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Catching the Cheats

      SEE RELATED ARTICLE p. 633
      Why on earth is the Green Journal publishing an article on covert duplicate publication in China?
      • Qi X.
      • Ren W.
      • Liu L.
      • et al.
      Prevalence of covert duplicate publications in Budd-Chiari syndrome articles in China: a systematic analysis.
      Why does it occur? Who is to blame? And in the jargon of journal editors, is this experience “generalizable”? Finally, and to the point here, what should be done?
      In China, inducements to publish are colossal, especially for publications in Western journals. Universities pay cash awards, housing benefits, and, of course, academic advancement.
      • Qiu J.
      Publish or perish in China.
      In the article
      • Qi X.
      • Ren W.
      • Liu L.
      • et al.
      Prevalence of covert duplicate publications in Budd-Chiari syndrome articles in China: a systematic analysis.
      in this issue of the Journal, the incidence of such duplication for an article on Budd-Chiari syndrome is on the order of 10%. “Understandable,” “common in Communist countries,” “who can blame them?” run the comments from the West, and “thank God we don’t have that!”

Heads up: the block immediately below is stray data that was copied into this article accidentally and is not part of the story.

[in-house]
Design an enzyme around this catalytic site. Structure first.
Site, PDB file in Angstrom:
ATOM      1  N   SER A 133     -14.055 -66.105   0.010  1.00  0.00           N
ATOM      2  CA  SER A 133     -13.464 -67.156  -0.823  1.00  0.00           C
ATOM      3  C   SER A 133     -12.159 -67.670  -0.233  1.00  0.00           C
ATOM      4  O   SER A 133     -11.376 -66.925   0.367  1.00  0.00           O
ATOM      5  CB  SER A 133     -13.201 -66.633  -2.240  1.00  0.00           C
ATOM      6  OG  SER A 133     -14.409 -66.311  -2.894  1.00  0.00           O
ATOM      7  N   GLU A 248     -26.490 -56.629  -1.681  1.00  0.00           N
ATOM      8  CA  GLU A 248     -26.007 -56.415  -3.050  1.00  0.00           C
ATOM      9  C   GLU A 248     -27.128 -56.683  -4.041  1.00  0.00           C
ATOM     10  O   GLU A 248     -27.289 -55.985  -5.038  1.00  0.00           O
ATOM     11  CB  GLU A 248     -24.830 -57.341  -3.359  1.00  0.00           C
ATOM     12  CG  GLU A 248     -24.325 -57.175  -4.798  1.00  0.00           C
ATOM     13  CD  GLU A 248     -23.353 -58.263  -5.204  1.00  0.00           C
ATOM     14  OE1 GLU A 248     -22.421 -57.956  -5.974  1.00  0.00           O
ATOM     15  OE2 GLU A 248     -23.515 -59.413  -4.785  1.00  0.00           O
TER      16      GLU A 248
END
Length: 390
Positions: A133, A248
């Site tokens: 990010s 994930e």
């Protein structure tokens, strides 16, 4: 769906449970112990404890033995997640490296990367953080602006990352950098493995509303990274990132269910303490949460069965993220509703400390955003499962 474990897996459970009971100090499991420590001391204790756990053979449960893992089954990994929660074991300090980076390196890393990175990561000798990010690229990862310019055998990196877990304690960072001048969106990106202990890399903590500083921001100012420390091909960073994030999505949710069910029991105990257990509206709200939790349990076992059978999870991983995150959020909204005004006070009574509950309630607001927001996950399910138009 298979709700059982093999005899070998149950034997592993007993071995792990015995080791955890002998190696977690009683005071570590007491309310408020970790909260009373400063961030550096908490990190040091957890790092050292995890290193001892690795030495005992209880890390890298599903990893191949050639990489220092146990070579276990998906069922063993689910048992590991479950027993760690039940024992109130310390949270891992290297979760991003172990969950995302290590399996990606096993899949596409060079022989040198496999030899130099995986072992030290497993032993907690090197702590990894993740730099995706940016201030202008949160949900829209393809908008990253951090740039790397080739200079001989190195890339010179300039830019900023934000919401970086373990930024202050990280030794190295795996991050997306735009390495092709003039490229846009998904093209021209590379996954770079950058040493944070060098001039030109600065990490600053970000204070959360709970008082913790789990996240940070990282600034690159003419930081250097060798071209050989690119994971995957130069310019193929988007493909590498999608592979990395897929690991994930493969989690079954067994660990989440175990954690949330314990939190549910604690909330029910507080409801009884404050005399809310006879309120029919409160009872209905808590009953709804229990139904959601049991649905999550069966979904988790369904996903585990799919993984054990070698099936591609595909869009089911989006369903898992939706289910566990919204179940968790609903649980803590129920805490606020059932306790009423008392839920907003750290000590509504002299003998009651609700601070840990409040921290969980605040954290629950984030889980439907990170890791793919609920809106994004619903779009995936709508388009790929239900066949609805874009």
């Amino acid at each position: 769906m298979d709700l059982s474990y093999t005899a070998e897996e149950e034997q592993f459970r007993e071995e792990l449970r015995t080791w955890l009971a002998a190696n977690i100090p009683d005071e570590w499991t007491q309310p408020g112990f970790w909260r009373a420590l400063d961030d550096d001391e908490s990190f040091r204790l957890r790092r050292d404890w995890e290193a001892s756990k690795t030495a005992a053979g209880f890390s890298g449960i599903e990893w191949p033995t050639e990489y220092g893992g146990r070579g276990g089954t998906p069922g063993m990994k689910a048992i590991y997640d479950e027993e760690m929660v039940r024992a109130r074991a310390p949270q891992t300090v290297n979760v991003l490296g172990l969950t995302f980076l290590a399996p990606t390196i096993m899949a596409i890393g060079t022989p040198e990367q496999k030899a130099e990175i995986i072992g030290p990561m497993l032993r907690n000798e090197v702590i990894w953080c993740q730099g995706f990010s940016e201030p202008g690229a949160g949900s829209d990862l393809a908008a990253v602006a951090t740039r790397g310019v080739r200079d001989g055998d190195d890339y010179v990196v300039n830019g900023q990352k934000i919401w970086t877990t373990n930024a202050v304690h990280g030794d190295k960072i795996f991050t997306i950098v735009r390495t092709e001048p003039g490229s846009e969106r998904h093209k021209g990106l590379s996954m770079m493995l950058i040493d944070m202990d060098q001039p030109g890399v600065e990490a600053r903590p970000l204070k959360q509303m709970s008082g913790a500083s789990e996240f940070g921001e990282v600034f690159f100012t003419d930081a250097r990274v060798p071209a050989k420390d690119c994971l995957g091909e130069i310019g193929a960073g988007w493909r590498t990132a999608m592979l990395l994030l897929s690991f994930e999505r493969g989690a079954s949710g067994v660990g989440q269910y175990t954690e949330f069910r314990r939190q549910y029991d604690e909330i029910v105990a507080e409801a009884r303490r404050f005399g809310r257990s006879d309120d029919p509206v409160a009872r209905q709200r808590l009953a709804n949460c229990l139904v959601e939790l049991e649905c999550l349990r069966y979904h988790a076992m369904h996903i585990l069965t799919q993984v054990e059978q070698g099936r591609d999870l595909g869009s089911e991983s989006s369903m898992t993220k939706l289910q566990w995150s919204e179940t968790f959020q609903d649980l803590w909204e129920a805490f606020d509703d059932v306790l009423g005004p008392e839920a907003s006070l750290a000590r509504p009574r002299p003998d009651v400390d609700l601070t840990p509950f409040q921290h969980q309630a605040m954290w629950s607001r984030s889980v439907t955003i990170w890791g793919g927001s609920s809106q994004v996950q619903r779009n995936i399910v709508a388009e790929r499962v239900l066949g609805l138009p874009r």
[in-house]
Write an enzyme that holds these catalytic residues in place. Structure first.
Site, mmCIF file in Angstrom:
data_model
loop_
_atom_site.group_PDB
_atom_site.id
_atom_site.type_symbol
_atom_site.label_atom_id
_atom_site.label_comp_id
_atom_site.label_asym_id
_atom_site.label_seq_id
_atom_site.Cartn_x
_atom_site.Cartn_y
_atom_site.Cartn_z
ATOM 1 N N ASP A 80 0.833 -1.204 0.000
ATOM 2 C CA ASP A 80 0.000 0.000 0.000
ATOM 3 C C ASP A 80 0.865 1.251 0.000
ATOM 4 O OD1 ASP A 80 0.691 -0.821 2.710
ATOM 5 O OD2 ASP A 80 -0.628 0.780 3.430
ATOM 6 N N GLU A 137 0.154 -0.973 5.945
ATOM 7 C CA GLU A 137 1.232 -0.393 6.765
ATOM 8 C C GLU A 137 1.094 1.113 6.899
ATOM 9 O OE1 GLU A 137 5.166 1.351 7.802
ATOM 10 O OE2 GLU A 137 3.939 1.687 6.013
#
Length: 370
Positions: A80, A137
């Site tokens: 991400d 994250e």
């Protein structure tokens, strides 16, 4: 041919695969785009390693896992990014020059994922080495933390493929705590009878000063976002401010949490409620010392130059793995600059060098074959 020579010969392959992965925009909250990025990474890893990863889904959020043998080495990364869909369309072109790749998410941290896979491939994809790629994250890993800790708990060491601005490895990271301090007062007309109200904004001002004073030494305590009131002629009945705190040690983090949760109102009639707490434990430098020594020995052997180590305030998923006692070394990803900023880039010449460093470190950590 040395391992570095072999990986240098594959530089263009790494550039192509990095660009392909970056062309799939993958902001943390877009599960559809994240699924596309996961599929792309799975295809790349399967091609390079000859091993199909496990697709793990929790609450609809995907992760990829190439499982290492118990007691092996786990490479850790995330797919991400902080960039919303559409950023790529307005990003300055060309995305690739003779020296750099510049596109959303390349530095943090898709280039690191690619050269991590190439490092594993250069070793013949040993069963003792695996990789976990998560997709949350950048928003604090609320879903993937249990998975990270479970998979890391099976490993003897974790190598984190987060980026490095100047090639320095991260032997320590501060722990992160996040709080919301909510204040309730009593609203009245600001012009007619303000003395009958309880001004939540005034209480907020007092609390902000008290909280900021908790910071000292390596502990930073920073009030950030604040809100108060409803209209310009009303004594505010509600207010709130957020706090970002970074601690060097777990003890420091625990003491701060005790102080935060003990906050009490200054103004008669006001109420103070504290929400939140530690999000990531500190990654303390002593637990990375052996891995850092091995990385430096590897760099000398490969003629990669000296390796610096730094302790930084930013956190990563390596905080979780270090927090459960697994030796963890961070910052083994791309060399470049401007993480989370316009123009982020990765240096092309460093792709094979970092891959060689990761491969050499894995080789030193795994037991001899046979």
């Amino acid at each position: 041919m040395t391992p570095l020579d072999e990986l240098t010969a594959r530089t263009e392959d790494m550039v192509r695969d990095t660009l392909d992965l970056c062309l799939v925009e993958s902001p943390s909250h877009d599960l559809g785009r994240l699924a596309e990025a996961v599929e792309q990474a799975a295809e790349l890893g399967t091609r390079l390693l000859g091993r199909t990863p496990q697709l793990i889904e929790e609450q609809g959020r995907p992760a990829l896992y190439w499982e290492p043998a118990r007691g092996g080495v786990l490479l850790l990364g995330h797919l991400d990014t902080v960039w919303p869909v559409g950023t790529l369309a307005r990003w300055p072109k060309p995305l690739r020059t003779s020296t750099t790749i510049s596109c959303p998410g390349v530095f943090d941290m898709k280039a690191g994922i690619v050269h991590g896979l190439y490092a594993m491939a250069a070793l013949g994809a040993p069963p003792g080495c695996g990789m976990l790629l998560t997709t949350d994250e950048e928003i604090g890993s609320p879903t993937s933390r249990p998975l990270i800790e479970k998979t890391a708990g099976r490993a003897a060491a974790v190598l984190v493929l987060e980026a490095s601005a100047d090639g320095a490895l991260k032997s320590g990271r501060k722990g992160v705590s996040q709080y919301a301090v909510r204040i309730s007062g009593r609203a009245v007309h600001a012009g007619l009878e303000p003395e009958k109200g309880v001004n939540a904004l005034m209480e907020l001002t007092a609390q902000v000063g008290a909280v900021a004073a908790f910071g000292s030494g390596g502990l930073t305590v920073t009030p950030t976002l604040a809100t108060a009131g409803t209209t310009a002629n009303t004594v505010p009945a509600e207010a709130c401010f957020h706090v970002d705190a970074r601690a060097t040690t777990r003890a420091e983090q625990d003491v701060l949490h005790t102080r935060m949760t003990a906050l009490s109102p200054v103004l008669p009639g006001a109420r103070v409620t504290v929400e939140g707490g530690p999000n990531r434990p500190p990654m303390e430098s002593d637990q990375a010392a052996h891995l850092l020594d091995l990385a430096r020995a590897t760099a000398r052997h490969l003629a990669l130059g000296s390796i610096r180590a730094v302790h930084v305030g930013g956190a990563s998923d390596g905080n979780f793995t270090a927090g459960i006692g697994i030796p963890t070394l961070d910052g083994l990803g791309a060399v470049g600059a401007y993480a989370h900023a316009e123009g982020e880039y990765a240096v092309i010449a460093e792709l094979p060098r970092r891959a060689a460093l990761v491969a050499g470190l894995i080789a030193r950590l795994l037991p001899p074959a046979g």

Don’t we?
      Every line item on a curriculum vitae matters greatly in the United States for academic promotion, and the list of publications, especially so. Promotion and the possibility of tenure mean security, further advancement, and better jobs. Life can become appreciably better, and if spin, slant, and “development” can lengthen that list, well, why not? Everybody does it.
      Not everybody, but a sufficient number of “reputable” scientists to cause concern. Several thousand early- and mid-career scientists based in the United States and funded by the National Institutes of Health were polled regarding their own behavior.
      • Martinson B.C.
      • Anderson M.S.
      • de Vries R.
      Scientists behaving badly.
      Some 5% to 6% admitted to publishing the same data or results in 2 or more publications. Analysis of articles in another study found a similar prevalence.
      • von Elm E.
      • Poglia G.
      • Walder B.
      • et al.
      Different patterns of duplicate publication: an analysis of articles used in systematic reviews.
      Of course, covert duplicate publishing is wrong. In the world of useful journal articles, it affects meta-analyses. It is dishonest, unprofessional, and the fault of the individual. That individual is not a victim—not of toilet training, academic pressures (more on this), or mentoring—and no amount of course correction in these issues will resolve the problem.
      We may never resolve the problem. But in this area of fraudulent publication, we can catch the cheats, and compared with falsification of data, ignoring major aspects of human-subject requirements, or changes in design as a response to pressure from funding sources, covert duplicate publication is not that difficult to discover. Although used primarily to catch plagiarism, database programs such as Turnitin may be useful here.
      • Segal S.
      • Gelfand B.J.
      • Hurwitz S.
      • et al.
      Plagiarism on personal statements: a disturbing symptom of a broader trend.
      (What is especially disheartening about this cited article by Segal et al
      • Segal S.
      • Gelfand B.J.